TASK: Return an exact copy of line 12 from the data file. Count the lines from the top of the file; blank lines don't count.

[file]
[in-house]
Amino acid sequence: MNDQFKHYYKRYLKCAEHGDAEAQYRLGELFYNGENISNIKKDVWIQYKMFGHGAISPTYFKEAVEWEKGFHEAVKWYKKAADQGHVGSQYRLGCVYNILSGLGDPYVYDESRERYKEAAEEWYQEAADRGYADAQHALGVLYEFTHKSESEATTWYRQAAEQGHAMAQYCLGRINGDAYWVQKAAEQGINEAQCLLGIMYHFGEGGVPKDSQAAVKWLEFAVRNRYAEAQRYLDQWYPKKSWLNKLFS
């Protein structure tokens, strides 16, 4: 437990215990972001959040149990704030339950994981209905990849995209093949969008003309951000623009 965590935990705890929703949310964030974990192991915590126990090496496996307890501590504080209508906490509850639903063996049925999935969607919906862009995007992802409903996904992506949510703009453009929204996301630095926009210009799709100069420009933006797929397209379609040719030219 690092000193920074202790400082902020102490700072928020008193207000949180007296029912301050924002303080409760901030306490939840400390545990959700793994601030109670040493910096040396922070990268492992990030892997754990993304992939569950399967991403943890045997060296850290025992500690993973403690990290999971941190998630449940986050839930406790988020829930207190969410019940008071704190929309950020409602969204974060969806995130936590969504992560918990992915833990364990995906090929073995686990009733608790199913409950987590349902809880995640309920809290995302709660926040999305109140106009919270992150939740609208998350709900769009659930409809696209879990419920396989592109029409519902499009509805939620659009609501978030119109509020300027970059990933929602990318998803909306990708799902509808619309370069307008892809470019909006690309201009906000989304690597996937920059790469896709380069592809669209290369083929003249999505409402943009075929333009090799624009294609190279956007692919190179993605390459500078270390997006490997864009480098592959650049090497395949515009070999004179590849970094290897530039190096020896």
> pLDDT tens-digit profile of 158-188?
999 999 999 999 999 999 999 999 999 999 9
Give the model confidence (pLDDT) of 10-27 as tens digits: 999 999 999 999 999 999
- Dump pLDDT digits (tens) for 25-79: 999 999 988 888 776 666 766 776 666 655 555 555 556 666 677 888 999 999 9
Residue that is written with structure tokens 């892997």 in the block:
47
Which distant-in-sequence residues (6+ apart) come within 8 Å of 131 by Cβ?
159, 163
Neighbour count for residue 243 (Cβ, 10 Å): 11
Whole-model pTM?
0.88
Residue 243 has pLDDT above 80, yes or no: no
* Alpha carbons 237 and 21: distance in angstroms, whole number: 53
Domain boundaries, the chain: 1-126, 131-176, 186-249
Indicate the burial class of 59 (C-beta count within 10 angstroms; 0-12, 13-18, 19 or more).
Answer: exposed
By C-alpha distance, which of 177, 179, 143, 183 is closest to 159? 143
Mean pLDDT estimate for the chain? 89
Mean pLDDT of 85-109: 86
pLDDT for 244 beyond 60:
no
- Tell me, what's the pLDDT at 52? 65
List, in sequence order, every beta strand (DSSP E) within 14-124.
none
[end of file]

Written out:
Neighbour count for residue 243 (Cβ, 10 Å): 11